A theme throughout my game preview for Sunday’s match up between the Carolina Hurricanes and Detroit Red Wings referenced the teams’ first match and wondered whether the Hurricanes could at the same time capitalize on the openings that Detroit offers but not get conned into an open ice game of shinny.
The first period had every bit of the shinny factor going on. The Hurricanes gave up a bunch in the first period such that James Reimer had to be sharp early to keep the game scoreless. He had multiple saves from in close and a breakaway save after Dougie Hamilton was a bit too forward the offensive blue line and let the puck behind him. Van Riemsdyk lost a puck battle at the defensive blue line that led to another partial breakaway. Along the way the Hurricanes also had their fair share of high-quality chances in the track meet. Andrei Svechnikov had two chances on 2-on-1s and the Hurricanes had at least two more odd man rushes. But the goalies stood tall making a first period that was anything but look uneventful with a 0-0 score to end the period despite 23 shots on goal with many of high quality.
The second period saw the Hurricanes finally figure out the formula for how to take advantage of what Detroit offered but not have to trade chances to get it. After allowing 11 shots in the first period, the Hurricanes tightened up and allowed only five shots on goal. The only really good chance for Detroit in the period was Hamilton’s second miscue of the game at the offensive blue line on the power play for a break the other way. As the period wore on the Hurricanes continued to get chances while giving up very few and ultimately broke through when Sebastian Aho went basketball mode and seemingly passed the puck off the end boards to himself for a goal. When the dust settled on the second period, the Hurricanes had the upper hand in terms of play and also 1-0 on the scoreboard.
The third period was a strong one for the Hurricanes. Needing to push to get back to even, the Red Wings generated very little in terms of shots and scoring chances mustering only three shots on goal. Despite not adding to the 1-0 lead, the Hurricanes also kept pushing offensively and easily could have notched another goal or two before Teuvo Teravainen’s empty-netter sealed the deal late. In total, the third period was definitely something to reference for future games defending a lead in the third period.
Player and other notes
1) James Reimer
After a few losses, James Reimer posted his second consecutive win. He was strong in a first period that could easily have dug a hole in the first period. And though not tested much during the remainder of the game, he had to be perfect and was.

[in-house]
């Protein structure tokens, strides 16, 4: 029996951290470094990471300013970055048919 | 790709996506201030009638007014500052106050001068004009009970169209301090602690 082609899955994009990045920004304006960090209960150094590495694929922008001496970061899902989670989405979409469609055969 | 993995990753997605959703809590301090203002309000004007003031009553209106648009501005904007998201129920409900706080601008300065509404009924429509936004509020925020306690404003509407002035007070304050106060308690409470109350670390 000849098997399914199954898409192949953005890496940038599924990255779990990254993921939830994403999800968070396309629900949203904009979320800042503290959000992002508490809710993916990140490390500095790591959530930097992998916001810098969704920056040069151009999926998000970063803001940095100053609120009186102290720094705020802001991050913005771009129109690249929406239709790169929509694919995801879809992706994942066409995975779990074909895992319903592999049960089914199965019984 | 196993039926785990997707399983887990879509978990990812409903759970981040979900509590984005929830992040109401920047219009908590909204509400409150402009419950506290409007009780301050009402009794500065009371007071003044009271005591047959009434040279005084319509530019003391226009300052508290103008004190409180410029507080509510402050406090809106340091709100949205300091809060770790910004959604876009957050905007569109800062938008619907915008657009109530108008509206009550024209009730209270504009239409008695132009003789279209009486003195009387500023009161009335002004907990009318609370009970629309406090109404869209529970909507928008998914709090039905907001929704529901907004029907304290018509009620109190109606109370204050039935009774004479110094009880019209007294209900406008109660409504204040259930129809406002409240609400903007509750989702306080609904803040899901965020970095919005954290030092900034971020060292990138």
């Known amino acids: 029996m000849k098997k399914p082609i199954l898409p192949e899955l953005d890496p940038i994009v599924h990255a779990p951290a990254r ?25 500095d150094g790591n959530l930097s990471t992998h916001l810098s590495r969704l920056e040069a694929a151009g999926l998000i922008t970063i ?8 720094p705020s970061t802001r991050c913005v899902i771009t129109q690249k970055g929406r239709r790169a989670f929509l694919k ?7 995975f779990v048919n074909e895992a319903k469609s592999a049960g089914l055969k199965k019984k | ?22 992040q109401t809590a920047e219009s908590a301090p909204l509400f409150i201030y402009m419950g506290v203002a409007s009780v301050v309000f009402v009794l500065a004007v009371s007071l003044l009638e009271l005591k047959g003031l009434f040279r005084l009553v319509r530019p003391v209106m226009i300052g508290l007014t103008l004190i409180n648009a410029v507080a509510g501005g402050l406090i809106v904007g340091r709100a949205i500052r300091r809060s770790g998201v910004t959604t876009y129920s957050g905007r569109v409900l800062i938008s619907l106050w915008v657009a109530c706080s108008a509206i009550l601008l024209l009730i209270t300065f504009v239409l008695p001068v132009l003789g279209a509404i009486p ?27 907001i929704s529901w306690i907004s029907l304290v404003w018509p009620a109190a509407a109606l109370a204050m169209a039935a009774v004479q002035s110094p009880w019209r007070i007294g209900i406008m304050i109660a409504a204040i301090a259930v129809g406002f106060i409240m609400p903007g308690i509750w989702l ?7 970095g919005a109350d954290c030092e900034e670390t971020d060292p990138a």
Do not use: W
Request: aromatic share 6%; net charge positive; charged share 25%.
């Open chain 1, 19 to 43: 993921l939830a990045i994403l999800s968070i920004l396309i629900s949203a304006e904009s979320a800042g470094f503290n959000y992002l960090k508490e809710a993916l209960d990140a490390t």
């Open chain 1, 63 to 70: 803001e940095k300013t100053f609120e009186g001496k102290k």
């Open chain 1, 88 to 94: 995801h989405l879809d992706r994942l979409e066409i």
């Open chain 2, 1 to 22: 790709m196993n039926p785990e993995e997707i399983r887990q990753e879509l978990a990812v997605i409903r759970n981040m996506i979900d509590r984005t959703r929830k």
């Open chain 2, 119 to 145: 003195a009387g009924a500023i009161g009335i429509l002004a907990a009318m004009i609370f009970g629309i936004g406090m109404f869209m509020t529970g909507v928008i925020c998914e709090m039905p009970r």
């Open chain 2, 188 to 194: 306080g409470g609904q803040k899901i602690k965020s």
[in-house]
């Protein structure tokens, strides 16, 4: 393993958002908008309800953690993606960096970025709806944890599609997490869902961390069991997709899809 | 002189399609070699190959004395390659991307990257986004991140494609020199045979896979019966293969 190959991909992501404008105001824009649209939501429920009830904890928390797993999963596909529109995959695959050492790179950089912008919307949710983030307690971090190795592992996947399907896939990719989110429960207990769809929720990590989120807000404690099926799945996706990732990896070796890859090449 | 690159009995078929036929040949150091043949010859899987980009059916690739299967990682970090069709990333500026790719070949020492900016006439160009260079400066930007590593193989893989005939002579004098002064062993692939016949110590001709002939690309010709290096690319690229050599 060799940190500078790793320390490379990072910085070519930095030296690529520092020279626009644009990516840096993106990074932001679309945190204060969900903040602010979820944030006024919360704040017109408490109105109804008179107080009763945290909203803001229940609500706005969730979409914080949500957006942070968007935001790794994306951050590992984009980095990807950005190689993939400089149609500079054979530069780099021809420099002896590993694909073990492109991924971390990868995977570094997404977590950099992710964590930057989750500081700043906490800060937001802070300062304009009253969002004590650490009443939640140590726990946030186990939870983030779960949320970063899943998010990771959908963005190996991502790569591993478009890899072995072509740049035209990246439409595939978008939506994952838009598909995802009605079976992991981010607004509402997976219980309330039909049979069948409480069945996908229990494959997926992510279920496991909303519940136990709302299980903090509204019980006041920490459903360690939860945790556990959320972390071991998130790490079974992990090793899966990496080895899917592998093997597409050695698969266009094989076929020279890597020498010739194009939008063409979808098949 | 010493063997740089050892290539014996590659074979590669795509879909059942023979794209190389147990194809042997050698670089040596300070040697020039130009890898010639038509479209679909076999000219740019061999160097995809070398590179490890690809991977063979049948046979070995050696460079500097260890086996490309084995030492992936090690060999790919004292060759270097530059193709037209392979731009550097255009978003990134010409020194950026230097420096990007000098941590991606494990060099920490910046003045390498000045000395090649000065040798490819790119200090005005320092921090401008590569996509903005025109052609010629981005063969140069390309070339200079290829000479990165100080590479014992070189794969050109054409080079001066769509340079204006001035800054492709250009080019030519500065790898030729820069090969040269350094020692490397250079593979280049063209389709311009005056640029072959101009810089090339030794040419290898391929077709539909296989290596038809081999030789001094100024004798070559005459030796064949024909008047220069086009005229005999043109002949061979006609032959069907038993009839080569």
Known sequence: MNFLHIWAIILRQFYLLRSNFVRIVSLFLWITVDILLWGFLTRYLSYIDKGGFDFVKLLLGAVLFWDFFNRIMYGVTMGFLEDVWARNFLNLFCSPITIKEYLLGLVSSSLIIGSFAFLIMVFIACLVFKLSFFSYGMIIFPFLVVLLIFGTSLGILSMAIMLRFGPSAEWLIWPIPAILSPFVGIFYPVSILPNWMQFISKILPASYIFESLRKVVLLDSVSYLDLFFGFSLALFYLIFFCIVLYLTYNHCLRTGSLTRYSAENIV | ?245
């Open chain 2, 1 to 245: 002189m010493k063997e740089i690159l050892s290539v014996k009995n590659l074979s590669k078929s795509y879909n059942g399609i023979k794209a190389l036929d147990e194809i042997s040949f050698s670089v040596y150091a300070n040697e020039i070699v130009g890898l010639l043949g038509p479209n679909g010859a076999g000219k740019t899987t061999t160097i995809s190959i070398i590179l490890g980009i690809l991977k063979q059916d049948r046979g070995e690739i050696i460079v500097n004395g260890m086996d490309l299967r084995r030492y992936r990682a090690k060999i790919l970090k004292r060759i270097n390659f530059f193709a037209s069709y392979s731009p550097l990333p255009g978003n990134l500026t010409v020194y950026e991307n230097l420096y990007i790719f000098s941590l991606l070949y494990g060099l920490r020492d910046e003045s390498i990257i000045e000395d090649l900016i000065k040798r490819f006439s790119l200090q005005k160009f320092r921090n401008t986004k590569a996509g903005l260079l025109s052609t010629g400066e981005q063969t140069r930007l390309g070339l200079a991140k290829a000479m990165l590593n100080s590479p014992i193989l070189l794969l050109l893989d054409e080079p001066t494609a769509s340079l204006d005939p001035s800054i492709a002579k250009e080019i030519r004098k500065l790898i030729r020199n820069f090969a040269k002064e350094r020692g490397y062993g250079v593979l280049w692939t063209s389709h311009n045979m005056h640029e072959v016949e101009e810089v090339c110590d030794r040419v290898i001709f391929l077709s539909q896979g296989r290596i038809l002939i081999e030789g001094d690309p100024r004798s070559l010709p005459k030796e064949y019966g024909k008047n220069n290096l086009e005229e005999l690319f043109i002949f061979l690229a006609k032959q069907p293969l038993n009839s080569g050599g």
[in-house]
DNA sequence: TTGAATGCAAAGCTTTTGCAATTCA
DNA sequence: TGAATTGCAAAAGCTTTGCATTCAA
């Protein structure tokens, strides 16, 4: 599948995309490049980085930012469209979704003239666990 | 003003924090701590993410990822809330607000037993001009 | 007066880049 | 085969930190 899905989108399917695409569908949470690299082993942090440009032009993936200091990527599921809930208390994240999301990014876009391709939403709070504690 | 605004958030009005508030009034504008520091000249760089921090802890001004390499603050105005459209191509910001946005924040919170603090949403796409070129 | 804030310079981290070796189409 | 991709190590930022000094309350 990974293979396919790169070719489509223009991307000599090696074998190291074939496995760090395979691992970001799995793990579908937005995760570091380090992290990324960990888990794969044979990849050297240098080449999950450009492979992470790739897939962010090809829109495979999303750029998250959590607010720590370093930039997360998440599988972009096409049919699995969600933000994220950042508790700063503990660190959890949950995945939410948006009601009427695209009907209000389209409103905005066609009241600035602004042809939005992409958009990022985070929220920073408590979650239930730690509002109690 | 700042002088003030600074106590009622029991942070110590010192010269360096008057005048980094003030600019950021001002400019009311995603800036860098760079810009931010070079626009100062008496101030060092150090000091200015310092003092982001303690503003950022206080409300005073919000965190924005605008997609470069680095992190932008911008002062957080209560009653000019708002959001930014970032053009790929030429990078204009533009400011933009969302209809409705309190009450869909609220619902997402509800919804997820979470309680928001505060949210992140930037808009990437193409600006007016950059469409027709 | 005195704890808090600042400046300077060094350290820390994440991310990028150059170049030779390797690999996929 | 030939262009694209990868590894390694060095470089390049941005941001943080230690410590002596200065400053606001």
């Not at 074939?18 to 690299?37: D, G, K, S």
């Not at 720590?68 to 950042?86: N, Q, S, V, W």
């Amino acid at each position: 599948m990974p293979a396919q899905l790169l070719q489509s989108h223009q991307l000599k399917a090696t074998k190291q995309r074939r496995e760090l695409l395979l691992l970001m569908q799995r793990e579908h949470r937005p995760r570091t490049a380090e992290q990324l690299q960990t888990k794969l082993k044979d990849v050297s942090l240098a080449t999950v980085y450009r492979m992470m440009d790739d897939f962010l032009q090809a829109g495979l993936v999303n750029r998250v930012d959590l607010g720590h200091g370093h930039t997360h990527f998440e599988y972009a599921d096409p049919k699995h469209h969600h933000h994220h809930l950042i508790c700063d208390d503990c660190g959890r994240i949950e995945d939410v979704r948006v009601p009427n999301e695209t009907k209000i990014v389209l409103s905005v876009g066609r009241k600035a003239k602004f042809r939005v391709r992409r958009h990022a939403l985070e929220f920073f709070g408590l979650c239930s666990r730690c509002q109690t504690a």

2) Andrei Svechnikov
Despite only collecting one assist on the score sheet, Svechnikov was dangerous all game. He had decent shots on two first period 2-on-1 rushes and had a couple more good chances in the second period.
3) Not quite but almost
An ongoing theme in my game recaps and other writing has been the Canes’ fits and starts trying to put together sounder, more complete efforts and cleaning up some of the loose play in transition and defending in the defensive zone. While the first period was pretty wide open and loose defensively, but the Hurricanes were much better in the second and third periods. So I would not say that the Canes are there yet, but the team seems to be in the neighborhood of putting things together.
4) Balanced ice time
Another thing that stood out was how evenly Brind’Amour was willing to spread the ice time when special teams was limited. Aho led the forwards with 18:02 of ice time, and every forward was north of 10 minutes. On defense, van Riemsdyk and Gardiner were both above 15 minutes of ice time in a game that was not over until very late.
5) The standings
The win pushes the Canes to 15-7-2 which has added two wins to the 5-0 start. After a 1-4 start to favorable stretch of 13 games, the team has climbed to 7-5 with a chance to finish 8-5 which is good even if maybe not great. The deeper the Hurricanes go climbing without significant falls, the more they steer clear of adversity that can sap energy over the course of a long 82-game season. The sits neatly in third place in the Metropolitan Division and possesses a three point gap (adjusted for games played) above the playoff cut line.
Next up for the Hurricanes is a quick three games in four days book ending Thanksgiving Day with the team at the Rangers on Wednesday, at home against the Predators on Friday and then on the road again Saturday against the Lightning.